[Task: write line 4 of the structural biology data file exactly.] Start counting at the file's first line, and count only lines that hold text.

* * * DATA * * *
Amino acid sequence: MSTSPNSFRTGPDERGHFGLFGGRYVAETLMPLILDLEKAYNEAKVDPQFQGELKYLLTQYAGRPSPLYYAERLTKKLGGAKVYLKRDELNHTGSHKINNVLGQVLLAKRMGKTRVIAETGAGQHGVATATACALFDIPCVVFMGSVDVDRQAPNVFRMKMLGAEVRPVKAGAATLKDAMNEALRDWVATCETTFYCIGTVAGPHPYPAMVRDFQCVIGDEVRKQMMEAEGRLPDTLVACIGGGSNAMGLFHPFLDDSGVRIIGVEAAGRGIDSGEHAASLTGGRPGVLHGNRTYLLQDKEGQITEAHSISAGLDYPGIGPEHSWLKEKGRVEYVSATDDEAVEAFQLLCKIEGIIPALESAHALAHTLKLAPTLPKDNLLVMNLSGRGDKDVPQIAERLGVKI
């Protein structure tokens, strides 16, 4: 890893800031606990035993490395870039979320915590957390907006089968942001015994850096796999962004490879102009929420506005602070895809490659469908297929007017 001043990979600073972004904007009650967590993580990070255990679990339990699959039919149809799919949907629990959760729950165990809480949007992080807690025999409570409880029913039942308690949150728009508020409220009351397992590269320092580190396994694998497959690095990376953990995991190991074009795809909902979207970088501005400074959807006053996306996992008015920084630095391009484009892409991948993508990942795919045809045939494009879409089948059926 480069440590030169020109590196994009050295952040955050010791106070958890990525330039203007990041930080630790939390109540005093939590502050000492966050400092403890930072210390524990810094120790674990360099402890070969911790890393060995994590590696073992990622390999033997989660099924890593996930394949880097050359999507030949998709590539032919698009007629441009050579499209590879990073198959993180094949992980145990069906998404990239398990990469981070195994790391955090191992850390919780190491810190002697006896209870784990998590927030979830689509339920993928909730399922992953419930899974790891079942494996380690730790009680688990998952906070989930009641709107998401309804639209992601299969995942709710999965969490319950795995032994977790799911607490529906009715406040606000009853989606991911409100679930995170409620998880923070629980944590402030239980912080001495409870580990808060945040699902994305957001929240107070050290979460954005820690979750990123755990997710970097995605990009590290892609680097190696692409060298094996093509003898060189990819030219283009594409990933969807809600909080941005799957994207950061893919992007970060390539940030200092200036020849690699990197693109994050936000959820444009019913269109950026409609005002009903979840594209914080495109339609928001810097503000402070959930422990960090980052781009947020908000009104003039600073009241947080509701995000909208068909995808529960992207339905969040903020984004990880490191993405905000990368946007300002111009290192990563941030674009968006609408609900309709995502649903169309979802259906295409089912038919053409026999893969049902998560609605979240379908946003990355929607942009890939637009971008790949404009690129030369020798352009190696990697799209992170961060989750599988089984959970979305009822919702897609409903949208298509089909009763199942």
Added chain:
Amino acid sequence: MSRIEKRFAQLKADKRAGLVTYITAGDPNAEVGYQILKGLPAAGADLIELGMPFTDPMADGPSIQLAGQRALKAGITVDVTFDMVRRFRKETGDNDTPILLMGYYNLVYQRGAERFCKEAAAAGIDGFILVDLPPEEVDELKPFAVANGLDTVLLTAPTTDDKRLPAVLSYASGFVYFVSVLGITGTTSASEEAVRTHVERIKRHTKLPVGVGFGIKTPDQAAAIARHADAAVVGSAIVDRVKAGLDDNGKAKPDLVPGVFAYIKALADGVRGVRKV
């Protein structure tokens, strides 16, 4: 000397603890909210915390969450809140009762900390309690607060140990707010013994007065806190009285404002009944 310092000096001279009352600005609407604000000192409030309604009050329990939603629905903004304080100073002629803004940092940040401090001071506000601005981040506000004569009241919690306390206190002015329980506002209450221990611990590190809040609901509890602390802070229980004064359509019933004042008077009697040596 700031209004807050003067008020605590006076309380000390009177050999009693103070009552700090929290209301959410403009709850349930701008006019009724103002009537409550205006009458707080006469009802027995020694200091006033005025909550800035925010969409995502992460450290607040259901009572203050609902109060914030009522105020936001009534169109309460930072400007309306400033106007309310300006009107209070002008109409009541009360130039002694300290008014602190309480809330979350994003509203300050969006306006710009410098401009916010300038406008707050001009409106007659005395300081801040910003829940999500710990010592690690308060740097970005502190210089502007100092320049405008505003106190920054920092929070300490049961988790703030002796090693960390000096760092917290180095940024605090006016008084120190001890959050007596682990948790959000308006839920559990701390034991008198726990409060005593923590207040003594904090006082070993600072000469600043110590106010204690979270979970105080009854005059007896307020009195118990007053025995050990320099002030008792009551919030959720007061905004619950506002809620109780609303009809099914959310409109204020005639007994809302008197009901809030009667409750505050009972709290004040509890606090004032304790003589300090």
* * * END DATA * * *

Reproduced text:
Amino acid sequence: MSRIEKRFAQLKADKRAGLVTYITAGDPNAEVGYQILKGLPAAGADLIELGMPFTDPMADGPSIQLAGQRALKAGITVDVTFDMVRRFRKETGDNDTPILLMGYYNLVYQRGAERFCKEAAAAGIDGFILVDLPPEEVDELKPFAVANGLDTVLLTAPTTDDKRLPAVLSYASGFVYFVSVLGITGTTSASEEAVRTHVERIKRHTKLPVGVGFGIKTPDQAAAIARHADAAVVGSAIVDRVKAGLDDNGKAKPDLVPGVFAYIKALADGVRGVRKV